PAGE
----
Behavioural changes associated with epilepsy can be challenging for patients and clinicians. Evidence suggests an association between aggression and epilepsy that involves various neurophysiological and neurochemical disturbances. Anti-epileptics have variable effects on behaviour and cognition that need consideration. Early detection and careful consideration of history, symptomatology and possible common comorbid psychiatric disorders is essential. Appropriate investigations should be considered to aid diagnosis, including electroencephalogram (EEG), video EEG telemetry and brain imaging. Optimising treatment of epilepsy, treatment of psychiatric comorbidities and behavioural management can have a major positive effect on patients' recovery and well-being.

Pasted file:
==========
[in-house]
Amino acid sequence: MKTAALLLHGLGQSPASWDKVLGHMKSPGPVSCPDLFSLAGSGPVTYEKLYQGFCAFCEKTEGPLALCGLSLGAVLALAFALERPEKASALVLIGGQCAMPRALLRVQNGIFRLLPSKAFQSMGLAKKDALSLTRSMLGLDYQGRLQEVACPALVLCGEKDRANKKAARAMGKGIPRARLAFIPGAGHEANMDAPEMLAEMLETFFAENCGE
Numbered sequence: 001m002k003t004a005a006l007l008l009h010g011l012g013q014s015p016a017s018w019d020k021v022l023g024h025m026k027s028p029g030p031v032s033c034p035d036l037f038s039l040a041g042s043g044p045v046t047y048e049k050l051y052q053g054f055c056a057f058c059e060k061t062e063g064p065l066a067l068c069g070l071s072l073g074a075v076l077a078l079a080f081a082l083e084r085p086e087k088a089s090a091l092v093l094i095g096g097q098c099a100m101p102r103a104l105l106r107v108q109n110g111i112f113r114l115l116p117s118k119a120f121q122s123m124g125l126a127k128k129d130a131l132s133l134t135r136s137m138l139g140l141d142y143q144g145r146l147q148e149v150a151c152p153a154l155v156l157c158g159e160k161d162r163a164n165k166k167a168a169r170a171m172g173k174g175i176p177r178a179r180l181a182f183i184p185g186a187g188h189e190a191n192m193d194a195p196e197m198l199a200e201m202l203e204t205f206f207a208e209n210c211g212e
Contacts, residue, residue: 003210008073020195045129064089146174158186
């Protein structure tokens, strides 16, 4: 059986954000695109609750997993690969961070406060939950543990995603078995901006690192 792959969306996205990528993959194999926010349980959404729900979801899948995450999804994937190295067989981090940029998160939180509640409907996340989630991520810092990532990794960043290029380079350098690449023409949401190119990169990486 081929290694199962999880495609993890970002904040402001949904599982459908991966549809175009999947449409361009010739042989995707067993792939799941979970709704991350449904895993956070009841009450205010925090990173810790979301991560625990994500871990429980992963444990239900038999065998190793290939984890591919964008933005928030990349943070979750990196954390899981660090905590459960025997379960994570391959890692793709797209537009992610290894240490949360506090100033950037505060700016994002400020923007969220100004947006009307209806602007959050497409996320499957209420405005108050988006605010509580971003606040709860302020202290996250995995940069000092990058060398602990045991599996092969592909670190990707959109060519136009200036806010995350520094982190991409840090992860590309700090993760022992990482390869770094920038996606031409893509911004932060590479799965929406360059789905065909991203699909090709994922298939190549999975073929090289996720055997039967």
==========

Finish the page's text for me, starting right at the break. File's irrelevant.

• Understand the epidemiology of aggression in epilepsy
• Comprehend the link between anti-epileptics and aggression, including the important role of pharmacodynamics
• Be aware of the pharmacological treatments available for managing aggressive behaviour in epilepsy